Investigators found that the adjusted mean change in A1C was –0.62% for dapagliflozin compared to 0.41% for a placebo in patients with type 2 diabetes.
Dapagliflozin (Forxiga; AstraZeneca) demonstrated a significant reduction in A1C for children and adolescents with type 2 diabetes (T2D) compared to those receiving a placebo, according to positive results from the T2NOW phase 3 trial (NCT01042977).1
“The significant decrease in A1C that we observed in patients receiving [dapagliflozin] may indicate a reduction in the progression of disease and its complications. This is an important treatment consideration as children and adolescents with [T2D] often experience earlier onset of complications and faster advancement of disease compared to adults with the same condition,” Naim Shehadeh, a professor of Endocrinology at Rambam Health Care Campus in Israel, said in a statement.1
T2NOW was a randomized, double-blinded, placebo-controlled study evaluating the efficacy and safety of dapagliflozin as an add-on treatment for children and adolescents with T2D who were receiving metformin, insulin, or both. In the study, investigators randomized individuals to received dapagliflozin, saxagliptin (Onglyza; AstraZeneca), or the placebo. Those who received an active drug and had an A1C at 7% or greater at 12 weeks were randomized further to either continue the current dose or up-titrate to a higher dose of the same treatment.1,2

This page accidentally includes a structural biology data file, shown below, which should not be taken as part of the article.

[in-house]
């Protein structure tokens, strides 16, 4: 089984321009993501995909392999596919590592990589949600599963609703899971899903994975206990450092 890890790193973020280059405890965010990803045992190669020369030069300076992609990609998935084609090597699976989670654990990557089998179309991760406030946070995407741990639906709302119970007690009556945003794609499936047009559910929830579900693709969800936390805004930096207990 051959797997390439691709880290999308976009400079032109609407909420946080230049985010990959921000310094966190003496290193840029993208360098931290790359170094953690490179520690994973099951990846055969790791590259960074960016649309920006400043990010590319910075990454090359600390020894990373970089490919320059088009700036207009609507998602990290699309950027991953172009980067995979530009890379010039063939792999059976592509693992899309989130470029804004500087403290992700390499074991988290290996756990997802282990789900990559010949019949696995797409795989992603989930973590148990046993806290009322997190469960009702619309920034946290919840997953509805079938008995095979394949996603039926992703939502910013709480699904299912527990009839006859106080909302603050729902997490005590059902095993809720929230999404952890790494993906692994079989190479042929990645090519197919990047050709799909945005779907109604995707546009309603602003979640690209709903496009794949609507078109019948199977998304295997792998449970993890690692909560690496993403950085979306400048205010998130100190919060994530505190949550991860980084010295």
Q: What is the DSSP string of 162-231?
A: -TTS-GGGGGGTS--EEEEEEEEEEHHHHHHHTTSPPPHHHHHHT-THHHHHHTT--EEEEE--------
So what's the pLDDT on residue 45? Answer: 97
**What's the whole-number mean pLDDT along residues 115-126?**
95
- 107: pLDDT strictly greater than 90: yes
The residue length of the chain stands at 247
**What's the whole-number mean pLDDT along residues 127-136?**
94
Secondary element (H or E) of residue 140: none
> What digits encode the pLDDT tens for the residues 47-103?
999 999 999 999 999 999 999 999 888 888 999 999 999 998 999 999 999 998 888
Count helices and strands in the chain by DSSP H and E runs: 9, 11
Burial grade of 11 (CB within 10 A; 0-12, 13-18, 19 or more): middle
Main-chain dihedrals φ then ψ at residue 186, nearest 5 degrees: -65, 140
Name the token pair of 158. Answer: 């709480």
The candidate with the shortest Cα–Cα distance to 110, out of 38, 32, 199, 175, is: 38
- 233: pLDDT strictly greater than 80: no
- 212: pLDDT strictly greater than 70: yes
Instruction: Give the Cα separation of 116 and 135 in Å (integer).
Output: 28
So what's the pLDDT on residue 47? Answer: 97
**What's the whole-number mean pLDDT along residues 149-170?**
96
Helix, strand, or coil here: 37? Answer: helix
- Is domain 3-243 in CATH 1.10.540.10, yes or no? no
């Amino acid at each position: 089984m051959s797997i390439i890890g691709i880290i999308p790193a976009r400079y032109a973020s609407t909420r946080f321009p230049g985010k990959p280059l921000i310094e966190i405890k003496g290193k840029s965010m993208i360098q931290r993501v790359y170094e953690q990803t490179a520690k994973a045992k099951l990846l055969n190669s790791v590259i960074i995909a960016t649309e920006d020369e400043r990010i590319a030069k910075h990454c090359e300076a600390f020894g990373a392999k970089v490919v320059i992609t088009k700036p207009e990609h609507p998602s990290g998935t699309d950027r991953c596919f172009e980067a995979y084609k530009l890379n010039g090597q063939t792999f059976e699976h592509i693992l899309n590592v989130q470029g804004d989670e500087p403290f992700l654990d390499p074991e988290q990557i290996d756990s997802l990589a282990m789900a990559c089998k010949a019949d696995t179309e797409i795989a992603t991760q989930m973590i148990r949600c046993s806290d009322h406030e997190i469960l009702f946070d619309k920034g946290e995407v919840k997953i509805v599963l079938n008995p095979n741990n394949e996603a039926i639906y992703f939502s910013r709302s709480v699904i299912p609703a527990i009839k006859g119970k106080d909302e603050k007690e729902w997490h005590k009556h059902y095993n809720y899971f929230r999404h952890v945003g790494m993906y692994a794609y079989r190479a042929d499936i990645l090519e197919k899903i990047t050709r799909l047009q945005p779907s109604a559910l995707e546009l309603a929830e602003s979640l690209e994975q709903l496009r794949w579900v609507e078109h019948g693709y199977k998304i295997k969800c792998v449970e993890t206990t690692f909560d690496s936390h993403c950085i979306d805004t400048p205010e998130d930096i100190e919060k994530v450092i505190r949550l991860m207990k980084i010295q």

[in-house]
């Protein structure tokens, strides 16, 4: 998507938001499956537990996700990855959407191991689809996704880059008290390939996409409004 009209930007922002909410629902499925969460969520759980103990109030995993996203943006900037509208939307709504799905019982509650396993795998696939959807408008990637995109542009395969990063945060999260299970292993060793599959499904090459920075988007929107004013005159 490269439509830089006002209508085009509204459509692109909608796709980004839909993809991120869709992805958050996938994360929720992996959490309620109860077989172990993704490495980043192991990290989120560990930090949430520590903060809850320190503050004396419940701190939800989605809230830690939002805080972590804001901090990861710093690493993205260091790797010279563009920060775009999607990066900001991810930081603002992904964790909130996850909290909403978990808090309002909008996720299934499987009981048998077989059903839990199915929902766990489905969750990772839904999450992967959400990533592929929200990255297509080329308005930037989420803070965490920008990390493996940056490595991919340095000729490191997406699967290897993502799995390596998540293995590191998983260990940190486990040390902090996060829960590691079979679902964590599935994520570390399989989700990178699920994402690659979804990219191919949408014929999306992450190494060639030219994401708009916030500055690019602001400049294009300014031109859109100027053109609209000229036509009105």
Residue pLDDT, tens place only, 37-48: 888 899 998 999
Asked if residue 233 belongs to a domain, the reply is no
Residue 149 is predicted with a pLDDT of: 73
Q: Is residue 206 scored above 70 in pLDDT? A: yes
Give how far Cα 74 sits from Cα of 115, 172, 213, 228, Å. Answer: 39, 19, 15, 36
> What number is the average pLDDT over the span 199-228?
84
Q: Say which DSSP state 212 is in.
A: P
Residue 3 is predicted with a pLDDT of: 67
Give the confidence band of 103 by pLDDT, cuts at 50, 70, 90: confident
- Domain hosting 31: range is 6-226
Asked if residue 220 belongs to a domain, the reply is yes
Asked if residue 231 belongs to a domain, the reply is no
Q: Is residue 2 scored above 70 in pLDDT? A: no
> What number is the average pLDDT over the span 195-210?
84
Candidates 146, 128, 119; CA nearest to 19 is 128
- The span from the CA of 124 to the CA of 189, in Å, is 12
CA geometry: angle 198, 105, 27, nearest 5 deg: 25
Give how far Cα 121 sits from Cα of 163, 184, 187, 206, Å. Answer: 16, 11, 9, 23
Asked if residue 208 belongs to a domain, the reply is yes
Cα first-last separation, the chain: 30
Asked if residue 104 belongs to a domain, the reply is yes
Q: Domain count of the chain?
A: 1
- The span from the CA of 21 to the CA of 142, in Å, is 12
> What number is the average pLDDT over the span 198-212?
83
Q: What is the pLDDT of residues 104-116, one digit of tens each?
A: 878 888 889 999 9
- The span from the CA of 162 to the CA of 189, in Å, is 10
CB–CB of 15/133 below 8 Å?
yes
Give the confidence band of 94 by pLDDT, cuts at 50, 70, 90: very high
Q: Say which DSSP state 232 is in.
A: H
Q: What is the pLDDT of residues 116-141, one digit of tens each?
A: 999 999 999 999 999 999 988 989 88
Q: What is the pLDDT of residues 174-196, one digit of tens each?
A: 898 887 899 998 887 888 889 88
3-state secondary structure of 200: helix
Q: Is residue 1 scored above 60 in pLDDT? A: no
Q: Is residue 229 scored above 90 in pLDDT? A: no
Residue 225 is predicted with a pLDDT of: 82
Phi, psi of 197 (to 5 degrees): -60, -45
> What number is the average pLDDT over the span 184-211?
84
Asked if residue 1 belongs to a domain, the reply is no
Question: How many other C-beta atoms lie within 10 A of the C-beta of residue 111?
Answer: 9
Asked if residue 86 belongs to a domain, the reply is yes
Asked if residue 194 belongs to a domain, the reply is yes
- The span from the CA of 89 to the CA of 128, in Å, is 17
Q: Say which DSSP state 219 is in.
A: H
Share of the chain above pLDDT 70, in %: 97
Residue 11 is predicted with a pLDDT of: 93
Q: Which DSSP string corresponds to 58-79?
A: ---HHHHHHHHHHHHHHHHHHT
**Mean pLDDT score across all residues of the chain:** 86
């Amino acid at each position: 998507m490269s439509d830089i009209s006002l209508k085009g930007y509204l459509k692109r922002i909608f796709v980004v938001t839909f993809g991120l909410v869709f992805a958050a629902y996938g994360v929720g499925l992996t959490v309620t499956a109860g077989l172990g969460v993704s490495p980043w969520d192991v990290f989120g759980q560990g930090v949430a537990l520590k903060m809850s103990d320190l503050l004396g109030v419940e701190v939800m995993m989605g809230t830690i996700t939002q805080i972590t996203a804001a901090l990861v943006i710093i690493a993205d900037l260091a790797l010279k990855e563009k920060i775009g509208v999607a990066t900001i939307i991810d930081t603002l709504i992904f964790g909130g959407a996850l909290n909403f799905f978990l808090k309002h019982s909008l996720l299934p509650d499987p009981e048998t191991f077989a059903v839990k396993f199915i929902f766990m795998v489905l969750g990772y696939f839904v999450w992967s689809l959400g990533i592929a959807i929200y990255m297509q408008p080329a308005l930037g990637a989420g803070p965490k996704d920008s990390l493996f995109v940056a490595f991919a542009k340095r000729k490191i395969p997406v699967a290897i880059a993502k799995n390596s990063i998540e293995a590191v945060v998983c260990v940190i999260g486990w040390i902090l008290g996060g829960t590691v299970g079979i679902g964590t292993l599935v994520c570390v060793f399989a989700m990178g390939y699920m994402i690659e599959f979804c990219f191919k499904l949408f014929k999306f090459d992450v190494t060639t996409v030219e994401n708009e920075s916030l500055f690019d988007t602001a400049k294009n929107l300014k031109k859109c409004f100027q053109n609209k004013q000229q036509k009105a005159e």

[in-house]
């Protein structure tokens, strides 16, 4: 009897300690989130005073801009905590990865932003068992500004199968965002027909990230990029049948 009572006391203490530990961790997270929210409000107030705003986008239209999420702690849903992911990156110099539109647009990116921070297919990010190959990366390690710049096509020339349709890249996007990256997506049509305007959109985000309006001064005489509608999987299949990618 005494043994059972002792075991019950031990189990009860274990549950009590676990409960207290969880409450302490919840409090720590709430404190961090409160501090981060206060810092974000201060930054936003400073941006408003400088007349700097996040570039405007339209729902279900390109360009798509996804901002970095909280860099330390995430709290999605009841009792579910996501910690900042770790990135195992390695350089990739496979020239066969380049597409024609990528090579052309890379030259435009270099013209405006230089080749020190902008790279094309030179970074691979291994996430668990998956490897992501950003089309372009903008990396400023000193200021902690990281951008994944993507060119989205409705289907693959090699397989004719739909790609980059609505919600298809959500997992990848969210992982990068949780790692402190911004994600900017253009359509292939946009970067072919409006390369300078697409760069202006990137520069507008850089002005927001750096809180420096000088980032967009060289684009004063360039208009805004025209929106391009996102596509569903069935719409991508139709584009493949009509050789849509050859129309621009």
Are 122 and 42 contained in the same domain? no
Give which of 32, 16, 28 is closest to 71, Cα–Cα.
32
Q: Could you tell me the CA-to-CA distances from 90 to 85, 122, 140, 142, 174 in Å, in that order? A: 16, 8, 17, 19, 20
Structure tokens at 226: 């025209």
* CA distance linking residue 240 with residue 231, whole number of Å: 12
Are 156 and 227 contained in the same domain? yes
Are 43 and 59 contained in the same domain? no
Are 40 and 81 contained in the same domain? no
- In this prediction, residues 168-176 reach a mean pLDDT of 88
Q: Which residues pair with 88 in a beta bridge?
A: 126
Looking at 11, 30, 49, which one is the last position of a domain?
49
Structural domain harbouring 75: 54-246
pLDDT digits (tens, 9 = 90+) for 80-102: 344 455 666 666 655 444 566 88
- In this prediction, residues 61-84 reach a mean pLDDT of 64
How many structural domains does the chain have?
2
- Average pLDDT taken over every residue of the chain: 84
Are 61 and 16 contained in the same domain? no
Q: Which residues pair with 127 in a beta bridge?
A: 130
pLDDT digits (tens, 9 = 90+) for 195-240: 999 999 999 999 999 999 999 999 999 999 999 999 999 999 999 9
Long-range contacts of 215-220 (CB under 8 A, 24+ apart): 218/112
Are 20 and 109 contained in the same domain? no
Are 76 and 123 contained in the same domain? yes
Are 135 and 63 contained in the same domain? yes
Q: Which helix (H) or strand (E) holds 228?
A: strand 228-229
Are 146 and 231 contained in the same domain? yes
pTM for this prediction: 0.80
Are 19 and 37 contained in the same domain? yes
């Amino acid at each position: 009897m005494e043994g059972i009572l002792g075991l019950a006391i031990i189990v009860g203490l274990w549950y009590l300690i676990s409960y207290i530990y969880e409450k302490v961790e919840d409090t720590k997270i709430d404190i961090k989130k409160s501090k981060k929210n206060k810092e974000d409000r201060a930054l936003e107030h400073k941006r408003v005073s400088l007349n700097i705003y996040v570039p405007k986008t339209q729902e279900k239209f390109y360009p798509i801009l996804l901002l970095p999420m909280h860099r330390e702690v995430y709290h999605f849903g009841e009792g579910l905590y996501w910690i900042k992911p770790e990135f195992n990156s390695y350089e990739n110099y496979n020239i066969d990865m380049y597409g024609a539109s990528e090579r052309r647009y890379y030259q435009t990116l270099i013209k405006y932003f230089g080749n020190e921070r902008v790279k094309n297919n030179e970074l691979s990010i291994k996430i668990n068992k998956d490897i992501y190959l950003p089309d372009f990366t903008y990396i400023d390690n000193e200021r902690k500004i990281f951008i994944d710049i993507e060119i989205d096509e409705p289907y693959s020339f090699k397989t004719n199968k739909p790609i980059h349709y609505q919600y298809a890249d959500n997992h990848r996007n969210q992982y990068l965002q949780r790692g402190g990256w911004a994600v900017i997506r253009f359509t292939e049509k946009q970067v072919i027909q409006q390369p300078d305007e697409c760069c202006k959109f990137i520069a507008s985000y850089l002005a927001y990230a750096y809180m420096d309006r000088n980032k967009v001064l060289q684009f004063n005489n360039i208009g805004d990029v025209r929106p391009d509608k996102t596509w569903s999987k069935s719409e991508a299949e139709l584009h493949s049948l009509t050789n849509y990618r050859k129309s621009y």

The primary endpoint was change in A1C after 26 weeks compared with the placebo for dapagliflozin, in the 5 or 10 mg strength, compared to saxagliptin, in the 2.5 mg or 5 mg strength. The secondary endpoint included the change in fasting plasma glucose and the proportion of individuals who achieved an A1C of less than 7% after the 26 weeks.1
Investigators found that the adjusted mean change in A1C was –0.62% for dapagliflozin compared to 0.41% for the placebo. The difference was –1.03 percentage points for dapagliflozin compared to the placebo and –0.44 percentage points for saxagliptin compared to the placebo.2 The study’s primary endpoint was achieved as well as all secondary endpoints, with dapagliflozin providing clinically meaningful improvements in glycemia at week 26 compared to the placebo.1
The safety was assessed over 52 weeks, with investigators noting that the safety profile for this patient population was consistent with those in adults with T2D.1,2 Adverse events (AEs) occurred in 72.8% of those receiving dapagliflozin, 69.3% for saxagliptin, and 71.1% for the placebo.
Serious AEs occurred at 8.6%, 8%, and 6.6%, respectively. The most common AE was headache over the 52-week period. Most events were mild, with none resulting in discontinuation.2
“Today’s results from one of the largest studies into children suffering from [T2D], offers hope. Despite the growing global burden of [T2D] among children and adolescents, the treatment options available are currently limited. It is well documented that some patients find injectable therapies challenging, making the need for effective oral treatment alternatives paramount,” Rudd Dobber, the executive vice president of the Bio Pharmaceuticals Business Unit at AstraZeneca, said in the statement.1
The results were presented at the 59th Annual Meeting of the European Association for the Study of Diabetes Congress and published in The New England Journal of Medicine Evidence.1